Warmack's own testimony establishes that the motive behind the phone call was not to aid in the investigation of her discrimination complaint.6 At trial, defense counsel asked Warmack whether the testimony she gave at her deposition was correct:


Q: Do you see the question that was asked to you, "Ms. Warmack, why did you call Ms. Richter?" And the answer you gave was, "Well, I wanted to get some insight into, you know, during that time it was very difficult for me, and, thinking back over things, I wanted to try and get my life back on track. If there was any validity to what had been said about me before in the past, I wanted to, if I could, you know, resolve this matter, call her, and if I did offend her, I wanted to apologize to her. I also just wanted to find out if she felt that same way."


You said that testimony ma'am?


A: Yes, sir.


Q: That was your sworn testimony, correct?


A: Yes, sir.


Furthermore, defense counsel specifically asked Warmack about the intent behind the phone call.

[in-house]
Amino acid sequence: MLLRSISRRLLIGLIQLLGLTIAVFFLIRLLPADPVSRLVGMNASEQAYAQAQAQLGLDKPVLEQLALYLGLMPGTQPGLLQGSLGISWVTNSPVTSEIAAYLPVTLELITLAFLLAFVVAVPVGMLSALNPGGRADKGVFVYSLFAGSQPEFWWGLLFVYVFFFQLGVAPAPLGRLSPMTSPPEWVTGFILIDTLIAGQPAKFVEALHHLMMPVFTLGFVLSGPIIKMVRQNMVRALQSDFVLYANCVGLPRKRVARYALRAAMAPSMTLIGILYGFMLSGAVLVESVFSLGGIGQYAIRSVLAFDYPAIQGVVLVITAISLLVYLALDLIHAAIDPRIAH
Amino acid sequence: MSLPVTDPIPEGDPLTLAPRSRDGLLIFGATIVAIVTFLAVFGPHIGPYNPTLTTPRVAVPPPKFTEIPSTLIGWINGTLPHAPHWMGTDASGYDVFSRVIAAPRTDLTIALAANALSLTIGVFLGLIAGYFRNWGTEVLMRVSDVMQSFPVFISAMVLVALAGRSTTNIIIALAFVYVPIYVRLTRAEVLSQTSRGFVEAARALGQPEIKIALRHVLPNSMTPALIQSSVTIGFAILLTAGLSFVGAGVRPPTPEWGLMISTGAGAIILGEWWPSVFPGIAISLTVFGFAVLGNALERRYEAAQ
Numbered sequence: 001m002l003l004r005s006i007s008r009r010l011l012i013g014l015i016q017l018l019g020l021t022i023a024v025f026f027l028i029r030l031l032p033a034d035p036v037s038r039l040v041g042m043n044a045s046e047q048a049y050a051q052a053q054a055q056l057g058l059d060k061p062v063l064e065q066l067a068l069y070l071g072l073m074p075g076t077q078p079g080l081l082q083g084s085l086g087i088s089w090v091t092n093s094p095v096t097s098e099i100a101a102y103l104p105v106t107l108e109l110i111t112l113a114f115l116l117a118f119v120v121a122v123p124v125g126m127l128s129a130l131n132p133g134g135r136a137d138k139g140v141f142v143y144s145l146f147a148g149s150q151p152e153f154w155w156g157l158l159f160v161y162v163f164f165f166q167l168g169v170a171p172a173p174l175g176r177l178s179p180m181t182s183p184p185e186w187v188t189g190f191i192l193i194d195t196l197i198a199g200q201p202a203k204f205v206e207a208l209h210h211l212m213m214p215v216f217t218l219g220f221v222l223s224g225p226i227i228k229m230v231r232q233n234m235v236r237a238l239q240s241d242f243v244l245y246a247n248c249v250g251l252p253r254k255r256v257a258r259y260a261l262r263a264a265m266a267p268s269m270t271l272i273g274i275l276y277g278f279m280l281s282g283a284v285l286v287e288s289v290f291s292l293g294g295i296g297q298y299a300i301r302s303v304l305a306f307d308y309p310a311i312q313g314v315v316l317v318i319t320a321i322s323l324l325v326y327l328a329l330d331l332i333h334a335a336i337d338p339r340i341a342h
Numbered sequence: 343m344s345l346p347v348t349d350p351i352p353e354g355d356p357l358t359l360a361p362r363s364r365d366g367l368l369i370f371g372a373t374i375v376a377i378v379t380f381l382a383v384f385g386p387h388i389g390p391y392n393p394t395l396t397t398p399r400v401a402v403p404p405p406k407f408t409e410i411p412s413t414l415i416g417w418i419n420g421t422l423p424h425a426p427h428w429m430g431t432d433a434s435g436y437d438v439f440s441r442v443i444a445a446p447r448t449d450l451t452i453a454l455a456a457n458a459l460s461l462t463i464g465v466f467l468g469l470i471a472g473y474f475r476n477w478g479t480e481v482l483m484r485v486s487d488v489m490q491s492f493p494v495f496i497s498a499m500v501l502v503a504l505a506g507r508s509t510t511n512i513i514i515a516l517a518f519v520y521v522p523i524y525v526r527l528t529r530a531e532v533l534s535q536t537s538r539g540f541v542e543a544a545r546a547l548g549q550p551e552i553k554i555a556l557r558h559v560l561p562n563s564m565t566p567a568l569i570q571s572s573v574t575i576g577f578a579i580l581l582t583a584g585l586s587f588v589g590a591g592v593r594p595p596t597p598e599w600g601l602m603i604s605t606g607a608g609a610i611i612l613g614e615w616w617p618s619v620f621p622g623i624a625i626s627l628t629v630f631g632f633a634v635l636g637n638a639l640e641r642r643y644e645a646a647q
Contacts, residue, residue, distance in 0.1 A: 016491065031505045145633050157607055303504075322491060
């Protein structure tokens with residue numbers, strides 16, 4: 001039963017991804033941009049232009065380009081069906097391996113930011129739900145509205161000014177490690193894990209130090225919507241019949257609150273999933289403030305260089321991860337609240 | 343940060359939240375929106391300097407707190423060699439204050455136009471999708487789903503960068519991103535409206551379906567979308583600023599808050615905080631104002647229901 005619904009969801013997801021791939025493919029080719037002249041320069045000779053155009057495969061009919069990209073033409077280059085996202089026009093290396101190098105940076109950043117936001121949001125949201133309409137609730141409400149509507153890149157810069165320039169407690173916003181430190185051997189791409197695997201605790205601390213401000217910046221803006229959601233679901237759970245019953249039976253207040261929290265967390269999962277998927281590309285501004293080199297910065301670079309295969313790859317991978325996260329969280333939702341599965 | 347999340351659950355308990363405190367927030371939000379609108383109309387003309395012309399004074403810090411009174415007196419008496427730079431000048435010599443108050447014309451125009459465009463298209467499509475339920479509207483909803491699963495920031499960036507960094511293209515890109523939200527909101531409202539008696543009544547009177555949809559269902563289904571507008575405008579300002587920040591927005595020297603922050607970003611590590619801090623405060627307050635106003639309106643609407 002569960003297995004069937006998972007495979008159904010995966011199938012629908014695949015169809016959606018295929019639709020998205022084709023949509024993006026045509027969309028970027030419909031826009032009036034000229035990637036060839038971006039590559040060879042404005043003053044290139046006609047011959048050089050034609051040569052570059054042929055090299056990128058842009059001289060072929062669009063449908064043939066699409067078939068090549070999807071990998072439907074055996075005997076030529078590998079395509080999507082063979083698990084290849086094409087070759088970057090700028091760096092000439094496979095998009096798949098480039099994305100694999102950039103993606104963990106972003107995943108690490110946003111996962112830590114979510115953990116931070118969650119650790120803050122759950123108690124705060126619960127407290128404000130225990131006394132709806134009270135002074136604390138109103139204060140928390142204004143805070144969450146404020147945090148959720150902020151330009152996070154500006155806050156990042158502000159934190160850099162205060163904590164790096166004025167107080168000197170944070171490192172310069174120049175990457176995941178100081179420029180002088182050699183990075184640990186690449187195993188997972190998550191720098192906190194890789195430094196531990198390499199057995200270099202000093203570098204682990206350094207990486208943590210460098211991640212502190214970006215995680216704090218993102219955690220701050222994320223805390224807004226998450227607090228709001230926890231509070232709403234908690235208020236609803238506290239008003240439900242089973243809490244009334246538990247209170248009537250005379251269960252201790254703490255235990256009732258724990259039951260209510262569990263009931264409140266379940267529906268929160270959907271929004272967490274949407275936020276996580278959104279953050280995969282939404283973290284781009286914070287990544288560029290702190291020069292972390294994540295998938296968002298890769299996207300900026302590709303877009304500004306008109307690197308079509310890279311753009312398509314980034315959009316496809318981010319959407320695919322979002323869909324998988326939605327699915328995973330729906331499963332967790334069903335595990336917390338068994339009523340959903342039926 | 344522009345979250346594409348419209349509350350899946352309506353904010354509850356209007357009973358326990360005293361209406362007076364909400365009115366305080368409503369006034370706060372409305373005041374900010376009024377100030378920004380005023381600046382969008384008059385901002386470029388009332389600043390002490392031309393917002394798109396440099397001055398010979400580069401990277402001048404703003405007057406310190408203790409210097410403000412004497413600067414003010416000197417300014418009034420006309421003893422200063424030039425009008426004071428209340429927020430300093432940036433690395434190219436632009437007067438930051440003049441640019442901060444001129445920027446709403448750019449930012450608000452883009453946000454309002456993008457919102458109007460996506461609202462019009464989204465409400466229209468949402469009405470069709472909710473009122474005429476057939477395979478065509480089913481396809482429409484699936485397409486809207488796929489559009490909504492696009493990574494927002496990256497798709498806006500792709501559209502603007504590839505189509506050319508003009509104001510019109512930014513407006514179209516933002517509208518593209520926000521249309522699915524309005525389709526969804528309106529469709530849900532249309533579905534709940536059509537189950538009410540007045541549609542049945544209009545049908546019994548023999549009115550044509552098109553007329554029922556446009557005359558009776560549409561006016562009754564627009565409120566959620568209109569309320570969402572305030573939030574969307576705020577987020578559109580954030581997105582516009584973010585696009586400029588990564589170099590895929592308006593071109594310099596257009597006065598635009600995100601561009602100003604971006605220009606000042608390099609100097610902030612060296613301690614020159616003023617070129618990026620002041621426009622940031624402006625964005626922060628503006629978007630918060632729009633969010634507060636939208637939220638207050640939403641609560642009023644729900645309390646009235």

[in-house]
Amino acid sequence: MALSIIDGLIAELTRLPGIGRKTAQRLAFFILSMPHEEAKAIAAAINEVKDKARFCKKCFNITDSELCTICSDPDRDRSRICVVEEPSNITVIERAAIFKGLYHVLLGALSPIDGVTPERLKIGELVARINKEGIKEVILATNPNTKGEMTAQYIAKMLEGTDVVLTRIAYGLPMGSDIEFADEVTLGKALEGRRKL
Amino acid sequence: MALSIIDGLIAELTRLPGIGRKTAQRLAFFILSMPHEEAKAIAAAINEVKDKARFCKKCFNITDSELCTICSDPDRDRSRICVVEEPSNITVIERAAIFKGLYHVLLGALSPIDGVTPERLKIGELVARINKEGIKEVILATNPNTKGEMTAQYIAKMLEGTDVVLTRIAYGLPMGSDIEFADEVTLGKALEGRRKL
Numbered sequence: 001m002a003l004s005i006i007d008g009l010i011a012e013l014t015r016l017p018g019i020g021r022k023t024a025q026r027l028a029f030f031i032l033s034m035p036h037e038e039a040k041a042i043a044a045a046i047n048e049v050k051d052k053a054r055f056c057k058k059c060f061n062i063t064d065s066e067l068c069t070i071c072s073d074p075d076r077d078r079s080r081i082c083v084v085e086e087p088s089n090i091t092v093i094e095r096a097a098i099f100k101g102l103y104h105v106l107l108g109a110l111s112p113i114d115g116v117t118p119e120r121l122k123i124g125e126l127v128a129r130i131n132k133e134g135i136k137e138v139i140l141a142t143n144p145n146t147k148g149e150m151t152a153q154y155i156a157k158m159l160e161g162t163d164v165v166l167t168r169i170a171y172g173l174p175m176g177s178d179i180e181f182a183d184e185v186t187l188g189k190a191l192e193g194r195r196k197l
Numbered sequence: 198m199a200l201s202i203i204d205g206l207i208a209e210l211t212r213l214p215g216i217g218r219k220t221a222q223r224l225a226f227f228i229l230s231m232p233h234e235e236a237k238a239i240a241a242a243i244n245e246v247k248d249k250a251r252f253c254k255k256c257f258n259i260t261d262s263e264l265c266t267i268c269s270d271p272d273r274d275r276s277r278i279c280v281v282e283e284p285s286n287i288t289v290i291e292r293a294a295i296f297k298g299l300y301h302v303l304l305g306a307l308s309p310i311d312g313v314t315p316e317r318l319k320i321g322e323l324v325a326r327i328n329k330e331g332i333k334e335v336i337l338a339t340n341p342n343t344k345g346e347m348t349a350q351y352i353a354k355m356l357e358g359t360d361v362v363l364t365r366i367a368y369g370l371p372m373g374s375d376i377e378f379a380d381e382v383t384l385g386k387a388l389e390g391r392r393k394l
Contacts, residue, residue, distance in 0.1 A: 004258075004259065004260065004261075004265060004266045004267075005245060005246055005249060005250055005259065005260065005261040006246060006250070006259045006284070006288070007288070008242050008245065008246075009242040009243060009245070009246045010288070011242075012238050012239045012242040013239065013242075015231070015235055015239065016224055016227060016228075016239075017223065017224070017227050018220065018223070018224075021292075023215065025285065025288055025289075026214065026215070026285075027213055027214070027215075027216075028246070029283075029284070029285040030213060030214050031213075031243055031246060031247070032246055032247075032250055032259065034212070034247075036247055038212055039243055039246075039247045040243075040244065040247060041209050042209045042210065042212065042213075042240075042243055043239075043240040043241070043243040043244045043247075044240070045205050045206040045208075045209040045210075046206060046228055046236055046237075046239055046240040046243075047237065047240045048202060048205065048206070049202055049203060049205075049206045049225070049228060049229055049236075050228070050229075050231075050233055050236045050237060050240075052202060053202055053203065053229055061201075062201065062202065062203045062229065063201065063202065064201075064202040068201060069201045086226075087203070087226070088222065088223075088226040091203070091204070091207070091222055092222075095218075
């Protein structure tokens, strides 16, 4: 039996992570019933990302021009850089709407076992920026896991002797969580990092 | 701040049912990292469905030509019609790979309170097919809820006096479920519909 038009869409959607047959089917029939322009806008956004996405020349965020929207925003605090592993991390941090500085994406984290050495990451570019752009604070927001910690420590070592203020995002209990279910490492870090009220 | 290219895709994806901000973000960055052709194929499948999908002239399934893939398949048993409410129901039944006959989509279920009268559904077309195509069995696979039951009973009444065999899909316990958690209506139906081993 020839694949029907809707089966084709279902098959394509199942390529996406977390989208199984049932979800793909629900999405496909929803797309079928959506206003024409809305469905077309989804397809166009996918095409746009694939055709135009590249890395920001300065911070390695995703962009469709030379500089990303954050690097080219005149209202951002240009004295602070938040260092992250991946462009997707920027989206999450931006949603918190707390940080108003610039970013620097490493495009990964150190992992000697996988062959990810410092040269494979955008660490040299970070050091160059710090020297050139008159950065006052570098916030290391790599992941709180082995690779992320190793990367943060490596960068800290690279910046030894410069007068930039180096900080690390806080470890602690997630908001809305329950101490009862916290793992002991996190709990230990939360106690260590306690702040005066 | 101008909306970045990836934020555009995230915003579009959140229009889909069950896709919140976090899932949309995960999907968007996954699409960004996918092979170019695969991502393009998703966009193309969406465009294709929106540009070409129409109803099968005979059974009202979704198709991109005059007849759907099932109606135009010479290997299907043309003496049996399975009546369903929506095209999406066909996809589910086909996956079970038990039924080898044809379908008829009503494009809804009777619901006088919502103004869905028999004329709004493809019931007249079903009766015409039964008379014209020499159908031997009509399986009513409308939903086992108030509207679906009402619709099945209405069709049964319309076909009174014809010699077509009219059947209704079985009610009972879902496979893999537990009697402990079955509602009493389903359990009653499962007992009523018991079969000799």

Q: The next question that was asked to you was: "Was that information that you had hoped to provide in support of your discrimination charge?" and turning over to page 178, your answer, "Well it was never really my intention of wanting to involve her in that." Question: And you say it was not your intention? Answer: No. Question: Whose intention was it? Answer: It was no one's intention.


That was your testimony in this case, was it not, Ms. Warmack?


A: That is correct.


Warmack also never told Ms. Richter about the complaint, never asked Ms. Richter to call her attorney, and never informed her that she might be contacted by someone from the Ohio Civil Rights Commission or the EEOC. While these factors alone are not dispositive, they buttress Delta's claim that there was no investigatory motive behind the phone call.